Editorial: The Present and Future of Online Services: Nintendo

On second thought, yeah they do!

Gamers do not want online games!

The next generation of console gaming is almost here, and with it, the next iteration of online services. With the Wii U, Nintendo has finally taken another baby step in its effort to catch up to the PlayStation Network and Xbox Live. At the same time, there has been a fair share of rumors about what the future holds for all three services. Over the next three weeks, I will take a look not only at how all three stack up, but also examine a few of the rumors about their future.

Just over a year ago, the Nintendo Network was launched, taking over from the Nintendo Wi-Fi Connection. At the time, Nintendo stated that the goal was for Nintendo Network to be on par with their rivals’ services. The fact that the goal was just to be on par with the rivals shows just how far behind they were before the Nintendo Network release. With Nintendo finally realizing just how important online gaming services are, it would be expected that the Nintendo Network and all of its features would be ready for the launch of the much-hyped Wii U. That, however, was not the case, with a large number of items that were promised at the Wii U launch not available until mid-December and beyond.

An issue that held Nintendo back in the previous generation was the use of frustrating Friend Codes. The advent of Nintendo Network ID eschewed Friend Codes, but, as with all things Nintendo, it failed to meet similar rival services. At this time, the Nintendo Network ID is tied to a Wii U console, where rival services feature no such restriction. To make sure that a Nintendo Network ID, along with all of its associated purchases, is transferred from a broken Wii U to a new one, it must be sent into Nintendo. It should be noted that Nintendo has promised that, in the future, the Network ID will not be tied to one console.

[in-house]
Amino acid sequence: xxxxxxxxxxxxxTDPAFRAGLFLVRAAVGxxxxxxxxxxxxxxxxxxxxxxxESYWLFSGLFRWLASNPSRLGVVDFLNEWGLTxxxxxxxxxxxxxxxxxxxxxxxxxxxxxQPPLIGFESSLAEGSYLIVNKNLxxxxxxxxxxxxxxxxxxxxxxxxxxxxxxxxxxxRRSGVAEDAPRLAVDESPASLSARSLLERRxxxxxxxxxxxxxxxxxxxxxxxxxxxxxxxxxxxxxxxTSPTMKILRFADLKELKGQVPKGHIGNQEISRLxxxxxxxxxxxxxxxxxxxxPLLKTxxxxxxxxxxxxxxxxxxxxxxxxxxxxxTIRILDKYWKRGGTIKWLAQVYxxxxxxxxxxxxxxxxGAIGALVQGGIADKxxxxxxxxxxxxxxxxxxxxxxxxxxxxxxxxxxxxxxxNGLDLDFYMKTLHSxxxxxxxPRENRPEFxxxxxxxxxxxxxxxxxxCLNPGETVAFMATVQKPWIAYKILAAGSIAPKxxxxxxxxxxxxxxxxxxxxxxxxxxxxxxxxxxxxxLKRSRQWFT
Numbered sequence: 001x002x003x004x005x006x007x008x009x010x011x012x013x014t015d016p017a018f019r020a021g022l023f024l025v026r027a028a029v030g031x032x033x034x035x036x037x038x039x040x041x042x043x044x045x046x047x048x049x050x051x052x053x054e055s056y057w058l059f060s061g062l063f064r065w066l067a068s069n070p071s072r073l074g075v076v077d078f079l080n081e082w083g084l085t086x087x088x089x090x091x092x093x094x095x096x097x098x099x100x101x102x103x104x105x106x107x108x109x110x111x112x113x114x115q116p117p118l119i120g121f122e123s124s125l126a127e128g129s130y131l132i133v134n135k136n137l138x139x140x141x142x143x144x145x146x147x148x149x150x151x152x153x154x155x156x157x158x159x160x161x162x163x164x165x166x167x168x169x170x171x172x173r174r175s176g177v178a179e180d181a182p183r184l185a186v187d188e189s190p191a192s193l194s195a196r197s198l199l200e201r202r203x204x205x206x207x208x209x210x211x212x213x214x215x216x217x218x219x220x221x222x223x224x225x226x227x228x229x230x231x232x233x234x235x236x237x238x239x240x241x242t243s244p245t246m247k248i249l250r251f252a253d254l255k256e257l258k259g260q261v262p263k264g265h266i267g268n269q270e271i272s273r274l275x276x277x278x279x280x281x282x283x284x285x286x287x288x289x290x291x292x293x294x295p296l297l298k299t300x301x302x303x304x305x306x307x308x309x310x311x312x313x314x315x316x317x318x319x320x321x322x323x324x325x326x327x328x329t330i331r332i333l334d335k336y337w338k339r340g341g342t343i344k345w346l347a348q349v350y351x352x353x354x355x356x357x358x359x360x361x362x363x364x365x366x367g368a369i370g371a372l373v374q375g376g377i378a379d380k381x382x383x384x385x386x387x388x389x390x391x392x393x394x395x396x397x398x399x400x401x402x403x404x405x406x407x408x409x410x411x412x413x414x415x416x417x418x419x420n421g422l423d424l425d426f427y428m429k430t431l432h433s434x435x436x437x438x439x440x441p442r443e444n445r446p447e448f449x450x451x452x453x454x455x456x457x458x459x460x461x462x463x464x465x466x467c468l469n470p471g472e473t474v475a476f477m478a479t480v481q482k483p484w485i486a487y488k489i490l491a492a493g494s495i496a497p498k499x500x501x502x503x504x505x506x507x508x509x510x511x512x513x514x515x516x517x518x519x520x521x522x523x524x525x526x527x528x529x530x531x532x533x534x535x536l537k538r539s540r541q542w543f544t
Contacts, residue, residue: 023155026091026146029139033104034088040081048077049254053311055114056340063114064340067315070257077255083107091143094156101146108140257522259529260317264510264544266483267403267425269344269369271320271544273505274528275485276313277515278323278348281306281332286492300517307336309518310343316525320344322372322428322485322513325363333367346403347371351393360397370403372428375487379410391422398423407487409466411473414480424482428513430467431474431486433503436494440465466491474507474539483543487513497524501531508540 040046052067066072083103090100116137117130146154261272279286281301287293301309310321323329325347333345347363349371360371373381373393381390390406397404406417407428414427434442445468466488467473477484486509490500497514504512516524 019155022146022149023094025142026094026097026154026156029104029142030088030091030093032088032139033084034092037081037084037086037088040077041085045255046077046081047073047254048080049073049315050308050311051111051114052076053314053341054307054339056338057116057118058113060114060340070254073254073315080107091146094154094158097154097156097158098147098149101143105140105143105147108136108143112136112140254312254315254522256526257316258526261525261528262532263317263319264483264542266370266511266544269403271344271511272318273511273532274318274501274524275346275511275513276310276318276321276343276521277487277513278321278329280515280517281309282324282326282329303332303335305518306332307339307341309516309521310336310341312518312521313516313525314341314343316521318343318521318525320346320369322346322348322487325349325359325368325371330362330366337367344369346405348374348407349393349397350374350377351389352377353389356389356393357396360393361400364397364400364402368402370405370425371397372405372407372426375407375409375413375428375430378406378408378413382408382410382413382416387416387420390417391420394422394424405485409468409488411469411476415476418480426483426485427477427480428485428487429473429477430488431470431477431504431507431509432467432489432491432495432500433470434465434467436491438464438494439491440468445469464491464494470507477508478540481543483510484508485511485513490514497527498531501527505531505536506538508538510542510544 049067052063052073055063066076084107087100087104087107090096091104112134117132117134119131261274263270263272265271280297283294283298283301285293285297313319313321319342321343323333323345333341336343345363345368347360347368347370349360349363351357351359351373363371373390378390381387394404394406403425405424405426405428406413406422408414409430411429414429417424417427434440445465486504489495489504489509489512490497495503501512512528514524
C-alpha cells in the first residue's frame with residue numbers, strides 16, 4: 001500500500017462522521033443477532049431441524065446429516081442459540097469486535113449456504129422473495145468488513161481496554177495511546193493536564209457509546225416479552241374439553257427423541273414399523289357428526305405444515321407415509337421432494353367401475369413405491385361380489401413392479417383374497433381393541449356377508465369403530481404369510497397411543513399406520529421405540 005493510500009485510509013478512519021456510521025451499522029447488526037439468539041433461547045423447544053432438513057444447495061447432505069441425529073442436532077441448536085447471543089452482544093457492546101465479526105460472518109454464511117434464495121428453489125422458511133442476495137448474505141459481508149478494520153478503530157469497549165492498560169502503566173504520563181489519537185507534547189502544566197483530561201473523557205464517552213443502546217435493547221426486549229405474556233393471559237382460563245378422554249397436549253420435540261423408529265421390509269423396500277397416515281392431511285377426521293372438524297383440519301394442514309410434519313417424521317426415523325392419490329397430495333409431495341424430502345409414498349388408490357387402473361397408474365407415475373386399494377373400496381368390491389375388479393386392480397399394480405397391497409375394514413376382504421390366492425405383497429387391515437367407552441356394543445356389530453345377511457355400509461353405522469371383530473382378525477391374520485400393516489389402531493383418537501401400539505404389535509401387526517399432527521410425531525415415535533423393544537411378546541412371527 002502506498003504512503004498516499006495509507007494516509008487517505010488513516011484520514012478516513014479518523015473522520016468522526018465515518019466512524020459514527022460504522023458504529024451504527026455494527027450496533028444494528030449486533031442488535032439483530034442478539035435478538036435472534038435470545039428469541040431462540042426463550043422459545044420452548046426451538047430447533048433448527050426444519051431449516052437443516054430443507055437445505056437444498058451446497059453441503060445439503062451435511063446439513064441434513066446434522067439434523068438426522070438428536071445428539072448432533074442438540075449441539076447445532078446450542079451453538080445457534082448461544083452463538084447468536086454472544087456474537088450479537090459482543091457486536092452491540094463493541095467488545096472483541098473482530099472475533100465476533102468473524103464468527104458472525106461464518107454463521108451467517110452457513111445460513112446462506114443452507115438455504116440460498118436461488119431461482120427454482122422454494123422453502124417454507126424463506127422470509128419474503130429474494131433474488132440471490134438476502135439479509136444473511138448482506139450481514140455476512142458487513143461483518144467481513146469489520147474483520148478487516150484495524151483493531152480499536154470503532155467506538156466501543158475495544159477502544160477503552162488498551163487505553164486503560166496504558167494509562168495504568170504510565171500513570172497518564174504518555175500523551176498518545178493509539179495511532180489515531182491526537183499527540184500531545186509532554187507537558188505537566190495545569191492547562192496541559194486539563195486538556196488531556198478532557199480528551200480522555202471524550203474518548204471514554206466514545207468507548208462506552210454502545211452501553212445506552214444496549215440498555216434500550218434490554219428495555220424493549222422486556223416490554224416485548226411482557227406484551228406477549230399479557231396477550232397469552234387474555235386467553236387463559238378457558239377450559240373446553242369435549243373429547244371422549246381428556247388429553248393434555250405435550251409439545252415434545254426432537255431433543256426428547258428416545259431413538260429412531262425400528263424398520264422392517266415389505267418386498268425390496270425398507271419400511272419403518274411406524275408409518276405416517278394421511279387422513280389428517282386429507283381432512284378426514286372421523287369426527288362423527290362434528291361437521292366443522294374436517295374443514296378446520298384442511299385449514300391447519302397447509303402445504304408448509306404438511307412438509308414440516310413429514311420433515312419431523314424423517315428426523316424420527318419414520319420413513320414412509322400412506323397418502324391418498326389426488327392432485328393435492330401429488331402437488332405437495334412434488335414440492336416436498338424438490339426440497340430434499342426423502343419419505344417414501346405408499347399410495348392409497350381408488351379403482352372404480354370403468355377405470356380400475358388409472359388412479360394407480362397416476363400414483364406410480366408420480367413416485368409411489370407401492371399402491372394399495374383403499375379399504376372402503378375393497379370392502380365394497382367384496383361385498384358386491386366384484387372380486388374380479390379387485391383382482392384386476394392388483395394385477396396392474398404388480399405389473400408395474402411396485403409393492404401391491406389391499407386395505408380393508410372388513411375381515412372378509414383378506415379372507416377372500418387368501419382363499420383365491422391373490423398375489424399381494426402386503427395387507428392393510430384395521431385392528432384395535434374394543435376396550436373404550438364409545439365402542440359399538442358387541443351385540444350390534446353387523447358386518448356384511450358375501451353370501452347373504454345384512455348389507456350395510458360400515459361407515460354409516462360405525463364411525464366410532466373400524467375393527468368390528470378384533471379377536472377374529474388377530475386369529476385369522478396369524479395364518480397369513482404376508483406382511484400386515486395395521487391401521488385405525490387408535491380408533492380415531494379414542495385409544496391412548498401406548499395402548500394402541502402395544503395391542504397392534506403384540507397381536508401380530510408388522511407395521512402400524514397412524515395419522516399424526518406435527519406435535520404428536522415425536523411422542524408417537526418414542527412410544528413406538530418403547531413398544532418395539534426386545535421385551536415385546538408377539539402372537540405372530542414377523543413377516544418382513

We will get there.....Eventually!

We want to be as good as everybody else!

With the Miiverse, Nintendo has attempted to turn the Wii U into a social hub for gamers to communicate with one another. The Miiverse was available on launch day of the Wii U and is quite popular, mainly because most early adopters of the Wii U are unabashed Nintendo Fantards and need any reason to feel better about their purchase. One item that is lacking from the Miiverse is an achievement/trophy system. Many gamers are absolute whores when it comes to trophies. The Miiverse would be the perfect area for people to show off their newly earned trophies, yet they are missing.

The future of the Nintendo Network, as with the future of the Wii U, seems rather bleak. A year after its launch, the service is still miles away from its competitors. The highly touted features share a similar attribute with the console they were made for, a ton of promises, but not a lot of delivery. Nintendo continues to burn the goodwill of gamers. They make many promises, yet fail to deliver in a complete manner. Nintendo is driven to turn the Wii U into an entertainment and social hub, however they should focus on fixing the issues that are holding the service back from being comparable to their rivals.